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The cartilage covers the joint surface and ensures smooth gliding with minimal friction. Injuries or wear and tear can lead to damage of the cartilage in the knee joint.

Image by Ashley de Lotz

The cartilage of the knee joint is a smooth, elastic tissue layer that covers the joint surfaces and acts as a shock absorber for the knee. It consists of specialized cells called chondrocytes and an extracellular matrix mainly composed of collagen and proteoglycans.

Chondropathy is a collective term for various cartilage disorders in the knee joint. Chondromalacia describes a condition where the cartilage in the knee joint softens and becomes damaged. Ahlbäck's disease is a specific form of chondromalacia where the cartilage on the inner side of the knee joint is degraded.

The causes of cartilage injuries in the knee joint can be diverse. Acute injuries such as knee sprains, dislocations, or patellar dislocations can lead to tearing or damage of the cartilage. Chronic knee overuse or repetitive movements can also damage the cartilage in the knee joint.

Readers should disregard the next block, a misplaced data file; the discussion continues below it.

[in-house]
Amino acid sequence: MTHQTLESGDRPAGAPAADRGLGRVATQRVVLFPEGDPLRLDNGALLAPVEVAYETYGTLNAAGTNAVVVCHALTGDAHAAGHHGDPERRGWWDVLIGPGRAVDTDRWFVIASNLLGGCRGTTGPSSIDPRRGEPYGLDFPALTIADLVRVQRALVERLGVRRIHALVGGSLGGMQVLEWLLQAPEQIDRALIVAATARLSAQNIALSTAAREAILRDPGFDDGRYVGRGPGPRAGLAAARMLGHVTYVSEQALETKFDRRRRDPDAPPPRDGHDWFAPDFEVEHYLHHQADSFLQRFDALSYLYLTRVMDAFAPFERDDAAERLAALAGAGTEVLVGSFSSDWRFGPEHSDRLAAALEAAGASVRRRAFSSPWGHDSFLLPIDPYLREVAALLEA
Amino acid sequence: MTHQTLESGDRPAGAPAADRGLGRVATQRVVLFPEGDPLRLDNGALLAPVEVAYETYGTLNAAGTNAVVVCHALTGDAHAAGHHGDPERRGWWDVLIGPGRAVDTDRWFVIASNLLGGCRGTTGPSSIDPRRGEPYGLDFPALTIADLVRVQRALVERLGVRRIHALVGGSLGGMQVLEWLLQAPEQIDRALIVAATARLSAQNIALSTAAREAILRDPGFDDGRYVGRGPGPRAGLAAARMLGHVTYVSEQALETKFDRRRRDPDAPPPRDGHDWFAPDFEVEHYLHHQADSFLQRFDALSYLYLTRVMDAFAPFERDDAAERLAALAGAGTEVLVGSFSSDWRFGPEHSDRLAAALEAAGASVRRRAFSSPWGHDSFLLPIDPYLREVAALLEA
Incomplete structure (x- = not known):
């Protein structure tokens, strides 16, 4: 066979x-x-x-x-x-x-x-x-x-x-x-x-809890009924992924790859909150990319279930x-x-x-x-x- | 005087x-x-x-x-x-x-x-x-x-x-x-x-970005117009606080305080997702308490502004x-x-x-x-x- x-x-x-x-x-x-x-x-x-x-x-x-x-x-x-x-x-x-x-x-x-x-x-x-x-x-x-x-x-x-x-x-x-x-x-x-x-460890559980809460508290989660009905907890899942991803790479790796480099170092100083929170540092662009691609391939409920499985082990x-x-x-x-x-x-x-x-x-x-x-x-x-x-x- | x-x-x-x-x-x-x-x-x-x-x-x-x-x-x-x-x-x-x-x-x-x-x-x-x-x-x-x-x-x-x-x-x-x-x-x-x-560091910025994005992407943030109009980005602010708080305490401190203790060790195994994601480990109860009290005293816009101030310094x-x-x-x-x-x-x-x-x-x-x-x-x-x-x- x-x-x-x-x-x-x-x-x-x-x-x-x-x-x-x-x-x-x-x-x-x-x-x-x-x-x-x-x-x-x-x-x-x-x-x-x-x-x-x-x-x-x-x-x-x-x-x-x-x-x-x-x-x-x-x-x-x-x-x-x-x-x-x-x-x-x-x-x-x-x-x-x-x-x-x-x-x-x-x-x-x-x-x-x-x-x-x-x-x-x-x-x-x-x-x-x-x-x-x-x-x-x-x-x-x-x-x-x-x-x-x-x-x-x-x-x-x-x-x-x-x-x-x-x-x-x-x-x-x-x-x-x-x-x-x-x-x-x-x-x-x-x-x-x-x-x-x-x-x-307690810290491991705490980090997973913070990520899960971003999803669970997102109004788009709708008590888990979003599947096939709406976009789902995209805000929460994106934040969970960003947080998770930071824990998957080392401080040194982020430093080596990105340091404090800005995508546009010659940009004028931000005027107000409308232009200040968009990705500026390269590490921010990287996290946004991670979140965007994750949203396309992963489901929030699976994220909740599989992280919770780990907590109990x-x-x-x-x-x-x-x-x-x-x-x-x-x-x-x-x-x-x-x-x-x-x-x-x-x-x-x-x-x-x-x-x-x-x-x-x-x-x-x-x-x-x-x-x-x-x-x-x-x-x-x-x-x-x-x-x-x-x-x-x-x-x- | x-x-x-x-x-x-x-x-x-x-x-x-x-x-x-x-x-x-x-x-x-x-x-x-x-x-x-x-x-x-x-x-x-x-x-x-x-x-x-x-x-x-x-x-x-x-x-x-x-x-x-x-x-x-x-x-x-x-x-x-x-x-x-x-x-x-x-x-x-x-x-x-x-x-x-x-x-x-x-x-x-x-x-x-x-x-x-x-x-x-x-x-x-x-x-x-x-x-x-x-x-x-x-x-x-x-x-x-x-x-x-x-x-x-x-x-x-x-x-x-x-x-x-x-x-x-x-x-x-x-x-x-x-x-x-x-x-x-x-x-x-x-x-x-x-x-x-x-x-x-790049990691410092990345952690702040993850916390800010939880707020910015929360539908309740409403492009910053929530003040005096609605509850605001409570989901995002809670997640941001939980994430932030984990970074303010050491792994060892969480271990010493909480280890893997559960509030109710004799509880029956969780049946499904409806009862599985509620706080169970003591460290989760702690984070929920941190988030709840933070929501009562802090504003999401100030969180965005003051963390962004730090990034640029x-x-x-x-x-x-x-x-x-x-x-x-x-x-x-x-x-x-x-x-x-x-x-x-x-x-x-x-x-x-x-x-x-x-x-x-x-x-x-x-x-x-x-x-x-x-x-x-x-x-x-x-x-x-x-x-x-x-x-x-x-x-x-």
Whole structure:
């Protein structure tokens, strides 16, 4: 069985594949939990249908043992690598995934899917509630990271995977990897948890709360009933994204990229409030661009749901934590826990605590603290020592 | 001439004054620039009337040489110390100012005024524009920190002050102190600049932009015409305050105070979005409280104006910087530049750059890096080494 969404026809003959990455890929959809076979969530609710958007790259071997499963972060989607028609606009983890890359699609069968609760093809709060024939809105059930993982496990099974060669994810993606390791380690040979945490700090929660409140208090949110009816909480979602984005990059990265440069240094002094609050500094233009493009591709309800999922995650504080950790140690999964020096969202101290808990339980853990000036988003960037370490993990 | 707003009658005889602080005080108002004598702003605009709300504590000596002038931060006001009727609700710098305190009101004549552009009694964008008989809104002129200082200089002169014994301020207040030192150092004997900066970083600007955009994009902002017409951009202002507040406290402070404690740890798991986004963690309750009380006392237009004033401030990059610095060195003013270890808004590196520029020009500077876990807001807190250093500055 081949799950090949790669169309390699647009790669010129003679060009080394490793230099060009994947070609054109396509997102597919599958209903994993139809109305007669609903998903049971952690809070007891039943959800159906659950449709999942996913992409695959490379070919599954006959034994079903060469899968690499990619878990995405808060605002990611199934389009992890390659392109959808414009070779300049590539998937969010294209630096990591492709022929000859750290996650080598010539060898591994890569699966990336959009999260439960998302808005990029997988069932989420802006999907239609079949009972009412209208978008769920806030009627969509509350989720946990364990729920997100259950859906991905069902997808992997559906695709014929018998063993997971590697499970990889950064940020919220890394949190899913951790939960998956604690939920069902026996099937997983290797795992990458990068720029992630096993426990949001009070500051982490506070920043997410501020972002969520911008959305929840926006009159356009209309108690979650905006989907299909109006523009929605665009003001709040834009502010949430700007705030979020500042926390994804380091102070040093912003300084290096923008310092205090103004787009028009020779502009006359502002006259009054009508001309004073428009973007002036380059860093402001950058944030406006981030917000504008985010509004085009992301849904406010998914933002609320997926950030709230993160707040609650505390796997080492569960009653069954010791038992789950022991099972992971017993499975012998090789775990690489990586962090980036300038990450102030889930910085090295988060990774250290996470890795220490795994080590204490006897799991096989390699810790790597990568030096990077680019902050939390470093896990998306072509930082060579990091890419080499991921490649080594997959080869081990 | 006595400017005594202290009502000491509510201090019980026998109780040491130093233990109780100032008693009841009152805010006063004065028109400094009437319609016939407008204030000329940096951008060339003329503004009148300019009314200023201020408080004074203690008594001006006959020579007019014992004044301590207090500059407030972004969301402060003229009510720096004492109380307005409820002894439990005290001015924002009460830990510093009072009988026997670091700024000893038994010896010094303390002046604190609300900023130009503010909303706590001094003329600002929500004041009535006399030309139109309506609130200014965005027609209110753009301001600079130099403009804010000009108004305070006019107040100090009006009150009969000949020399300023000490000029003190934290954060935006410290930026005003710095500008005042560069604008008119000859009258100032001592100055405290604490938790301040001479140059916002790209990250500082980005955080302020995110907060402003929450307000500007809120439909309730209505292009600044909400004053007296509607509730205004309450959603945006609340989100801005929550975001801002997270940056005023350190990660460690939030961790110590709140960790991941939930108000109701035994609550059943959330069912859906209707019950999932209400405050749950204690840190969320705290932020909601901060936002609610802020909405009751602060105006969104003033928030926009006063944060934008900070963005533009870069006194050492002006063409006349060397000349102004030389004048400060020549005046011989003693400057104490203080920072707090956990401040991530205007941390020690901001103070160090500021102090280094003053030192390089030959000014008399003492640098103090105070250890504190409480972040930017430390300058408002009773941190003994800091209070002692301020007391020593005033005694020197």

The diagnosis of cartilage diseases in the knee joint is typically made through physical examination, imaging techniques such as X-rays or MRI, and arthroscopy, where the physician directly examines the knee joint.


The treatment of cartilage injuries in the knee joint depends on the severity of the injury. In most cases, conservative measures such as knee immobilization, physical therapy, and pain medication are applied. However, in larger injuries, surgery may be necessary to repair or replace the damaged cartilage.

One technique that has gained popularity in recent years is autologous chondrocyte implantation (ACI). In this procedure, healthy cartilage is harvested from another part of the body and implanted into the damaged knee joint to replace the damaged cartilage.

Other procedures, such as microfracture or nanofracture, and osteochondral autograft transplantation (OATS), may also be used to repair damaged cartilage.

Overall, it is important to avoid cartilage injuries in the knee joint and seek appropriate treatment promptly if symptoms occur to prevent long-term damage and complications. Careful rehabilitation after a cartilage injury is crucial for restoring full mobility and functionality of the knee joint.

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